Tiger factor looms large in PGA Tour’s health

LOS ANGELES, (Reuters) – With Tiger Woods  overshadowing the sports world like a colossus, the PGA Tour  has so far managed to provide fairly robust resistance to the  global economic downturn.

Although neither Woods nor the lucrative U.S. circuit have  been totally immune to financial woe, both appear to be in  surprisingly good health.

Woods won six times in 17 events on the 2009 Tour and ended  his campaign with earnings of $10,508,163.

Although disappointed he failed to add to his career tally  of 14 majors, the world number one also clinched the  season-long points race for the FedExCup along with a bonus of  $10 million.

While sport has been left vulnerable to the loss of  marketing and advertising dollars over the last 12 months, the  Tour has negotiated fairly smooth waters.

The U.S. circuit was fully sponsored for 2009 and although  the troubled Detroit automaker Buick has withdrawn two title  sponsorships for next year, one of those events has already  been replaced.

Commissioner Tim Finchem predicts that perhaps two more  sponsors could disappear before the end of 2010 but, overall,  he believes the Tour is in a “comparatively quite good”  situation amid the economic downturn.

“The good news is we’ve had a lot of good extensions well  out into the future,” Finchem said at last week’s Tour  Championship. “I think we’re going to have some … additional  new sponsors over the next two or three years.

“I’d characterise the situation as good, maybe even  comparatively quite good, when you look at other enterprises.  But certainly we have our challenges ahead of us.”

Earlier this week two news stories emerged on the same day,  one highlighting the power of the Tiger factor and the other  proving that golf cannot afford to be complacent.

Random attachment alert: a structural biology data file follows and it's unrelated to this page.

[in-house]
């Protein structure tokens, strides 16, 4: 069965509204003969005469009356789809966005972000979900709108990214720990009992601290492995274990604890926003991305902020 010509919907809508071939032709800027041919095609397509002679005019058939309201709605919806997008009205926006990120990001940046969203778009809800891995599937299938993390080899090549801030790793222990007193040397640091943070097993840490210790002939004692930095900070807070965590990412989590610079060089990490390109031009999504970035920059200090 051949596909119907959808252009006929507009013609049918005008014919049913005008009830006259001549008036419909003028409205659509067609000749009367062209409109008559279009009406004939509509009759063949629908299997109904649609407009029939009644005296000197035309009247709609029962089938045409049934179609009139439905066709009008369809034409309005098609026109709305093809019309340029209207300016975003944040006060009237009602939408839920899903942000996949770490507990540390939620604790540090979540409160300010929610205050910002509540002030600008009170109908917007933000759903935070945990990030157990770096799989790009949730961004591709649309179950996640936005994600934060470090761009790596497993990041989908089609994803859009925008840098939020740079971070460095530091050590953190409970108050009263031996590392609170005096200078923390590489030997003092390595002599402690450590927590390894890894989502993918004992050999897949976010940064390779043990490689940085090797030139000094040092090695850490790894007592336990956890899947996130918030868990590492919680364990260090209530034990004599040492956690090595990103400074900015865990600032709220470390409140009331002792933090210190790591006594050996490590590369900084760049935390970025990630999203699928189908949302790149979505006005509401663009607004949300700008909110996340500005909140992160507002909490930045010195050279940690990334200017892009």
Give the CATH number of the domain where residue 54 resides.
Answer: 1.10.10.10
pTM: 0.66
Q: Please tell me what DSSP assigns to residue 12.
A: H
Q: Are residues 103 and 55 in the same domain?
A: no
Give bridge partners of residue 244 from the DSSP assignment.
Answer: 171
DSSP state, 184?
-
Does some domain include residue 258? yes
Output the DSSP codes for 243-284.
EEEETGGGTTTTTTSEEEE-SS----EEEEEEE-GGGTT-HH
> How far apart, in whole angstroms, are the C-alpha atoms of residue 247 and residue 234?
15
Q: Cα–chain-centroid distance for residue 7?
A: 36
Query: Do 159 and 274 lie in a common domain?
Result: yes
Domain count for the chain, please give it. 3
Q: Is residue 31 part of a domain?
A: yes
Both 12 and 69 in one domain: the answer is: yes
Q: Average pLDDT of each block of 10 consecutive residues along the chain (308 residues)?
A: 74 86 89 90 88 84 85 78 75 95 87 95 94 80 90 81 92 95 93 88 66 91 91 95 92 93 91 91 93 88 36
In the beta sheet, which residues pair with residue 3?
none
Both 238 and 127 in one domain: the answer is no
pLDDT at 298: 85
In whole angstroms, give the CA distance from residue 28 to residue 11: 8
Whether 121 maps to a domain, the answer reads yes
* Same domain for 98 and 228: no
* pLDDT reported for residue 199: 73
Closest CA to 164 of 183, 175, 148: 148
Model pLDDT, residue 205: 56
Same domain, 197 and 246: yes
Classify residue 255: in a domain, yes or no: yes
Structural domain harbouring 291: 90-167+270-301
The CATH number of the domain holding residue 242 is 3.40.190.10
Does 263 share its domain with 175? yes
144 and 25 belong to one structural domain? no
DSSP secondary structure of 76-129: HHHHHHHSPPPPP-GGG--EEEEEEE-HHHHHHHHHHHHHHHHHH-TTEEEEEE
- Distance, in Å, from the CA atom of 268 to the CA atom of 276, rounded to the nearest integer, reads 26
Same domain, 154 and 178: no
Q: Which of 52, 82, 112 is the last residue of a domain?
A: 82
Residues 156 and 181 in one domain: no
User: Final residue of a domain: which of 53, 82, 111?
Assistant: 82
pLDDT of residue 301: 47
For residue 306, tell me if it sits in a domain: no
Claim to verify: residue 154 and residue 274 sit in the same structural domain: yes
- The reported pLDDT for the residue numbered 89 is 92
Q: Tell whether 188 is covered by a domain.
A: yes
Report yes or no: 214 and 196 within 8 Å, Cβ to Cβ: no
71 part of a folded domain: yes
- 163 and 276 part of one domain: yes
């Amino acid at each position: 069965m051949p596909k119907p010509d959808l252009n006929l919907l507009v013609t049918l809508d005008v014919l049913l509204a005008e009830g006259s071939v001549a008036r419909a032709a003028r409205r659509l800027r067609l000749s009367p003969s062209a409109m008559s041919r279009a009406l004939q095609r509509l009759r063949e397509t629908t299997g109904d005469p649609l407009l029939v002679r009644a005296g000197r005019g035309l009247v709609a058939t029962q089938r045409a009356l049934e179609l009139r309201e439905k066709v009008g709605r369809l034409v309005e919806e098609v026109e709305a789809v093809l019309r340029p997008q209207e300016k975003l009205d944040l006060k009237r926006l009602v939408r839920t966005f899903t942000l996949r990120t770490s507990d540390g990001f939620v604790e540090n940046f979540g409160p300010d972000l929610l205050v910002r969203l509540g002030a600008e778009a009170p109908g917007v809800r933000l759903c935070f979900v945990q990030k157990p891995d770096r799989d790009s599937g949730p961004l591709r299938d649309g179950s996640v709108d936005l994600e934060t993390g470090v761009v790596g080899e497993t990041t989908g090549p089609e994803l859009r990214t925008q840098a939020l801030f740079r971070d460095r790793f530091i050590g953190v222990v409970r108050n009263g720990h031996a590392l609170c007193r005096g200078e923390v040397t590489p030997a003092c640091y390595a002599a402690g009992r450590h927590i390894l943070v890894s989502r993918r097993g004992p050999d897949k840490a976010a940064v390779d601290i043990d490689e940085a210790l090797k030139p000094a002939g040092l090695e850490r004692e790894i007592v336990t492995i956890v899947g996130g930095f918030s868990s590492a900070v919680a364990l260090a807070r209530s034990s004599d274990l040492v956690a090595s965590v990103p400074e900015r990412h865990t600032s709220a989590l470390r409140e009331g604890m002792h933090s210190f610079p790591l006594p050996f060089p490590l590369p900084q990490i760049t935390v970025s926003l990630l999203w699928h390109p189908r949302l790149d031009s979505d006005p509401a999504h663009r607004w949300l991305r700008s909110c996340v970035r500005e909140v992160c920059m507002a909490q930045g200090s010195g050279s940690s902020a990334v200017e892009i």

On the golf front the Tour announced Verizon Heritage would  not renew its title sponsorship of the Heritage Classic in  Hilton Head, South Carolina after the 2010 edition.
FUTURE

INVOLVEMENT

A title sponsor for more than 20 years, Verizon said it  would be restructuring its future involvement with the circuit  and would focus instead on “select” events that provided more  opportunities for business development throughout the year.

Within hours of that announcement Forbes Magazine reported  Woods had become the first person in sport to earn more than $1  billion.

According to Forbes the 33-year-old American crossed that  threshold with the help of his $10 million FedExCup bonus.

“Woods has been the world’s highest-paid athlete since 2002  when he surpassed (Formula One’s Michael) Schumacher,” the  magazine reported.

“His earnings have surged in recent years as he launched a  golf-course design business. He currently has three courses  underway that pay him more than $10 million per project.”

For many people Woods is golf and he has almost  single-handedly ushered in an era of multi-million dollar  endorsements and lucrative appearance money since turning  professional in 1996.

His Afro-American-Asian background has spread the sport to  an audience far beyond its traditional image of male, white and  middle-class and he has become the world’s best known and most  marketable athlete.

“He’s the best draw out there,” Robert Boland, professor of  sports management at New York University, told Reuters.

“If you’re a sponsor of an event, generally what will  happen is you’ll cut your overall spend, you’ll cut your spend  in the middle, but you’ll keep your best value deal out there.

“For a lot of people that best value deal probably is the  PGA (Tour) and the event that Tiger is in. There’s always been  some discrimination in favor of events Tiger plays.”

When Woods competes the television ratings soar along with  an abundance of advertising dollars.

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